Sweeny said the Good Shepherd Mission surveyed over 600 individuals going in for a hot meal and discovered around ten percent served in the Canadian Forces.

From there, Good Shepherd Mission created a Veterans Housing Navigation Team. The donation made helps ensure funding to the program, so it can continue.

The Royal Canadian Legion Ontario Provincial Command works closely with them on the “Operation: Leave the Streets Behind” program.

The Royal Canadian Legion Ontario Provincial Command also provided a $400,000 donation to Operation Service Dog, a partnership between Wounded Warriors Canada and Ontario Command & Branches that began in 2018.

Sweeny said this is a tried, true, and proven program that pairs veterans with Post Traumatic Stress with a service dog.

A service dog, she explained, has to be trained for two-years before it can be placed with a veteran, who also has to be trained with their new canine companion. Sometimes, the dogs in training may not pass through the program. This makes the training expensive.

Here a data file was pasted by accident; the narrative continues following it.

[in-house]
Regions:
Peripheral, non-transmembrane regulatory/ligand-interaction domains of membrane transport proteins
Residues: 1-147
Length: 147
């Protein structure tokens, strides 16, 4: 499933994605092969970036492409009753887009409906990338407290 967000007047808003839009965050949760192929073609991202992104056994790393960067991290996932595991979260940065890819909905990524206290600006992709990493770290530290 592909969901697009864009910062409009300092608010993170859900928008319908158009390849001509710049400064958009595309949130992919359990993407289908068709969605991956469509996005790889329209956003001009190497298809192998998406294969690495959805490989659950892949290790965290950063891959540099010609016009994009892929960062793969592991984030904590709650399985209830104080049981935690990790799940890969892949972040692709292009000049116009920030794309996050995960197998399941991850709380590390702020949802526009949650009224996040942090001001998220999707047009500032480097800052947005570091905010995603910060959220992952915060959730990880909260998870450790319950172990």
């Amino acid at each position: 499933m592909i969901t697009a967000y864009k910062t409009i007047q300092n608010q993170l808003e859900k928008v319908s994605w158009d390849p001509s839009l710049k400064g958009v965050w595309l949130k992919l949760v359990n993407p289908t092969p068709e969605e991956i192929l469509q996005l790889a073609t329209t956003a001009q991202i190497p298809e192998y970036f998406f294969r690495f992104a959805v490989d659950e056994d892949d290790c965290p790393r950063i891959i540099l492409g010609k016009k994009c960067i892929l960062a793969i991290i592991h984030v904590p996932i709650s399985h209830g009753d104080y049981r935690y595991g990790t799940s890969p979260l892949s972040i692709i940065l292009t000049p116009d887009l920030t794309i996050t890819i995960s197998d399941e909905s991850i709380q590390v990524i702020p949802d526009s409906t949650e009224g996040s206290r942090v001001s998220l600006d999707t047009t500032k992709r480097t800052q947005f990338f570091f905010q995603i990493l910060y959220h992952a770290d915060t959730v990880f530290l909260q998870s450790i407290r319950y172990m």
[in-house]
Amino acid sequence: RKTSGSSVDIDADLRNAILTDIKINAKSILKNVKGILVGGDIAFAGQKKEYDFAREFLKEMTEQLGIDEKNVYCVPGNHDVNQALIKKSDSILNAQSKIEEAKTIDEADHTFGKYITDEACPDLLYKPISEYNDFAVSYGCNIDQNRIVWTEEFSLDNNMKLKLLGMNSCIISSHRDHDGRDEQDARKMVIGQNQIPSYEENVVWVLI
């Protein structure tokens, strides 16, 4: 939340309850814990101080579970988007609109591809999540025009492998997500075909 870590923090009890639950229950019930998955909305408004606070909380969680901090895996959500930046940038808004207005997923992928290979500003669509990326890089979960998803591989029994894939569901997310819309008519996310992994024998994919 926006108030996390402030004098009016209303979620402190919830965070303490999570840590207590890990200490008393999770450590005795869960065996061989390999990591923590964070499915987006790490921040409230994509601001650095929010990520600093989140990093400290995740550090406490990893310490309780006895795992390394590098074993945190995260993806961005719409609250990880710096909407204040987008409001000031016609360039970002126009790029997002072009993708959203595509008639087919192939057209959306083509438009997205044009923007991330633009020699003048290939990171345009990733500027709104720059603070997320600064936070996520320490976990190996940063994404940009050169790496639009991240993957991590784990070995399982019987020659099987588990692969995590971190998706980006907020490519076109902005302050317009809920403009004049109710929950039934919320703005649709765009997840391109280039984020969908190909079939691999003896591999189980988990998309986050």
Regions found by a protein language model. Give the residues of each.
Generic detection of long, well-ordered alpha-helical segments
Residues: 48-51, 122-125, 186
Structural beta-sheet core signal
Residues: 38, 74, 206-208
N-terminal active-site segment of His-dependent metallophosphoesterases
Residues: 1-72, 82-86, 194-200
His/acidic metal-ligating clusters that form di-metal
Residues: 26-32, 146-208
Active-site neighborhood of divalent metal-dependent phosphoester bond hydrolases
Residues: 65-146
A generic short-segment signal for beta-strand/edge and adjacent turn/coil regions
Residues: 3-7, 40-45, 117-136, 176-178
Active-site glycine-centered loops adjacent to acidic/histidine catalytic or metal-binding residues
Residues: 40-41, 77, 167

The funds forwarded to the Good Shepherd Housing Navigation Team and the Operation Service Dog was raised in part through Legion Branches that participate in poppy tagging around Remembrance Day. Ladies’ Auxiliary groups at Legion Branches also fundraise through hosting dinners and other fundraisers.

“It is the generosity of the 393 Branches and the Ladies’ Auxiliary in Ontario that allow us to present these cheques,” Sweeny said.

The Ontario Command pledged $500,000 to the Sunnybrook Veterans Cenotaph Project. Over the next five-years, $100,000 will be sent to support the refurbishing of the original Sunnybrook Veterans Centre Cenotaph on Bayview Avenue in Toronto. Representatives received their first of five cheques at the event.

In addition to being refurbished, the area will be designed to be more accessible. Benches will also be added, so individuals can sit and reflect, Sweeny said.

“It is so important for the veterans to be able to go through the gardens and have a moment to reflect on those who didn’t come home,” she said.

Wreath-laying ceremonies are held at this cenotaph during Remembrance Day.